Tuesday, 10 November 2015

Four family history books by Ruth A. Symes

Four Different Approaches to Family History - Out Now, or Coming Soon
By Ruth A. Symes







Book 1: It Runs in the Family: Understanding More About Your Ancestors (The History Press, 2013)
 
Why didn’t my ancestors smile for the camera? Why did great-grandfather wear a beard whilst his sons were clean-shaven? Why is my great-grandmother holding flowers in this photograph? n the quest to uncover our family history, we turn to written records, the family album and even heirlooms. However they can often be difficult to interpret and sometimes pose more questions than they answer. Drawing on evidence from social history, women’s history, and the histories of photography, art and fashion, and using examples from the lowly as well as the famous, Ruth Symes explores many aspects of ordinary life in the past – from the stae of the nation’s teeth, to the legal and economic connotations of wearing a wedding ring and even the business of keeping a dog.
 
This fascinating volume aims to help family historians get to know their elusive ancestors by deciphering the wealth of personal and historical clues contained in photographs, documents and artefacts.
 


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Book 2:  Family First: Tracing Relationships in the Past  By Ruth A. Symes (Pen and Sword Books, 2015 OUT NOW)
 
Husbands, wives, fathers, mothers, children, siblings, aunts, uncles, cousins and grandparents – these are the relationships that structure the family tree and fascinate the family historian. But how much do we really know about how our ancestors lived out these multiple roles?
 
Buffeted this way and that by economic developments, Legal changes, medical advances, Two World Wars, the rise of the Welfare State, women’s emancipation and many other factors, relationships between members of our family in the past were subtly different to those of today and continually transforming. 
 
This book is both a social history of the period 1800-1950 and a practical guide on how to set about tracing and better understanding the relationships between members of your own family. What did it mean to be a father in this period, but also, how might you discover the father of an ancestor if his name is not mentioned on the birth certificate? What common ideas were held about the role of wives and mothers, but also, how were multiple births, stillbirths, abortions and infanticides dealt with in the records? What factors might have influenced the size of your ancestor’s family, but also why were its children named as they were? Did pecking order in a family matter, but also, was it legal to marry a cousin, or the sister of a deceased wife? How long could people expect to live, but also what records can tell you more about the circumstances of your  ancestors’  last years?  A final chapter considers relationships with neighbours, friends and club associates.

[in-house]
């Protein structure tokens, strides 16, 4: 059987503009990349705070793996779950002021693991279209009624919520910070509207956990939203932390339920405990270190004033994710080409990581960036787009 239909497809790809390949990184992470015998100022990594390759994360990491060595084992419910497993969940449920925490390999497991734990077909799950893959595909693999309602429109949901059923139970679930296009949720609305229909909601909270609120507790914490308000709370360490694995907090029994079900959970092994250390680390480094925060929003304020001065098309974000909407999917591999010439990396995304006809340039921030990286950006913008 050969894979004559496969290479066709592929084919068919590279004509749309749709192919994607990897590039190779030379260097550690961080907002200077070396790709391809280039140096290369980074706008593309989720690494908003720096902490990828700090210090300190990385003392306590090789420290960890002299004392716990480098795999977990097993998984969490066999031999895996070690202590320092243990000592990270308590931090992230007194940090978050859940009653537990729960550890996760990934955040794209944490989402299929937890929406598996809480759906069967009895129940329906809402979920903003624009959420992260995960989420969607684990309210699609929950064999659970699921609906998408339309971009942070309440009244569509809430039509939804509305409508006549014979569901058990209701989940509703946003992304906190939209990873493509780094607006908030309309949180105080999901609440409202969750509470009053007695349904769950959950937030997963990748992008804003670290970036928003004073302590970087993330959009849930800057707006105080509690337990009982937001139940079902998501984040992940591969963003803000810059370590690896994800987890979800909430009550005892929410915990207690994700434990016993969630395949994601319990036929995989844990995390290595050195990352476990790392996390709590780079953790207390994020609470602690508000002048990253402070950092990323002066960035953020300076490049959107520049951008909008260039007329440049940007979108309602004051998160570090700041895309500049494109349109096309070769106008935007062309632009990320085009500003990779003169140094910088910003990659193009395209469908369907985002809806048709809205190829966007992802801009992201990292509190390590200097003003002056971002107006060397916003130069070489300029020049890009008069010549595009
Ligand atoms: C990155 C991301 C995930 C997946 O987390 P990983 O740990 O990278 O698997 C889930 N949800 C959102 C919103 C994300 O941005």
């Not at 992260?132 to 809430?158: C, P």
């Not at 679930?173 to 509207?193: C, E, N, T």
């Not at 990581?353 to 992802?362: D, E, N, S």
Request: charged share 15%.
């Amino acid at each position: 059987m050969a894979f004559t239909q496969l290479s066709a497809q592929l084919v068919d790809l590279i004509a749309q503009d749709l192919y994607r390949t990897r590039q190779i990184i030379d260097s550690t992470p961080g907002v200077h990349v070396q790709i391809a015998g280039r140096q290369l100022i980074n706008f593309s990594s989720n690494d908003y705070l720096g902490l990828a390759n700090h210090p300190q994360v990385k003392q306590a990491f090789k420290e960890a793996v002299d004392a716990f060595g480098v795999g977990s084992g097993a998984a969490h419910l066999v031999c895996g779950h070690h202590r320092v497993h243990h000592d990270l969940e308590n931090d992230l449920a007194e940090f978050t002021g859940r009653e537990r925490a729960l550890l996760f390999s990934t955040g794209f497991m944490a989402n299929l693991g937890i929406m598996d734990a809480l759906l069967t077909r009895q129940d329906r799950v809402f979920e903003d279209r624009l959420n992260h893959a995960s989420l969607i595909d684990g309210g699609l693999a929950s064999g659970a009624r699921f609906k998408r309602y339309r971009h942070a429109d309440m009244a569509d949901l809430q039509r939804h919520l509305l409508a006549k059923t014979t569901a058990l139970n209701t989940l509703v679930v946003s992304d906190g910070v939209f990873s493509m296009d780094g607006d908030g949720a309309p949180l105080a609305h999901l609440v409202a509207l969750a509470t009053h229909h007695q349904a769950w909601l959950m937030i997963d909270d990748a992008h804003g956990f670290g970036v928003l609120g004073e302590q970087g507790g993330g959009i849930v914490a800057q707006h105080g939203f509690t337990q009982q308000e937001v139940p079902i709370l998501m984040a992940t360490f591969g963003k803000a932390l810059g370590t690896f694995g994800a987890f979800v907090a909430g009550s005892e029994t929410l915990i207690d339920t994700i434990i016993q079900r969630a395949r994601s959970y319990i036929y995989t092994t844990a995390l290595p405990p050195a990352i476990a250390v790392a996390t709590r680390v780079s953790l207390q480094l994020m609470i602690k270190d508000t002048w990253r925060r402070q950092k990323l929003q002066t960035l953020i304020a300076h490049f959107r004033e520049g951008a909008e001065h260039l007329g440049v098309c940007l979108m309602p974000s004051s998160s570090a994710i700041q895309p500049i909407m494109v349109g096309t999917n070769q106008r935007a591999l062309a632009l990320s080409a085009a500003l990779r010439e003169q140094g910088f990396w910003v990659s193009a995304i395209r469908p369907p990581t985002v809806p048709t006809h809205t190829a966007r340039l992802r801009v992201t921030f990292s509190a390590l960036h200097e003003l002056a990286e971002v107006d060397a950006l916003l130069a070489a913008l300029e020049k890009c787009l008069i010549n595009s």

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Book 3: Unearthing Family Tree Mysteries by Ruth A. Symes (Pen and Sword Books, forthcoming May 2016) NB: This book was formerly published under the title of Stories From Your Family Tree: Researching Ancestors Within Loving Memory (the History Press, 2008). The new book is an updated reprint.
 
The intriguing characters in these real family history mysteries include an agricultural labourer who left secrets behind in Somerset when he migrated to Manchester, a working-class woman who bafflingly lost ten of her fourteen children in infancy, a miner who purportedly went to ‘live with the Red Indians’ and a merchant prince of the Empire who was rumoured to have two wives. This book shows how a variety of sources including birth, marriage and death certificates, censuses, newspaper reports, passports, recipe books, trade directories, diaries and passenger lists were all used to uncover more, and how much can be detected by setting the characters from your family tree in their proper historical backgrounds.  

 
This was formerly published in the edition below.
 
 

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Book 4: Researching Family History Through Ancestors Personal Writings by Ruth A. Symes ( Pen and Sword Books, forthcoming 2016)
 
Could your ancestors write their own names or did they mark official documents with a cross? Why did great-grandfather write so cryptically on a postcard home during the First World War? Why did great-grandmother copy all the letters she wrote into letter-books? How unusual was it that great-uncle sat down and wrote a poem, or a memoir?
 
Researching Family History Through Ancestors' Personal Writings looks at the kinds of (mainly unpublished) writing that could turn up amongst family  papers from the Victorian period onwards - a time during which writing became crucial for holding families together and managing their collective affairs.
 
With industrialisation, improved education, and far more geographical mobility, British people of all classes were writing for new purposes, with new implements, in new styles, using new modes of expression and
new methods of communication (e.g. telegrams and postcards). Our ancestors had an itch for scribbling from the most basic marks  (initials, signatures and graffiti on objects as varied as trees, rafters and window ledges), through more emotionally-charged kinds of writing such as letters and diaries, to more creative works such as poetry and even fiction.
 
This book shows family historians how to get the most out of  documents written by their ancestors and, therefore, how better to understand the people behind the words.

 


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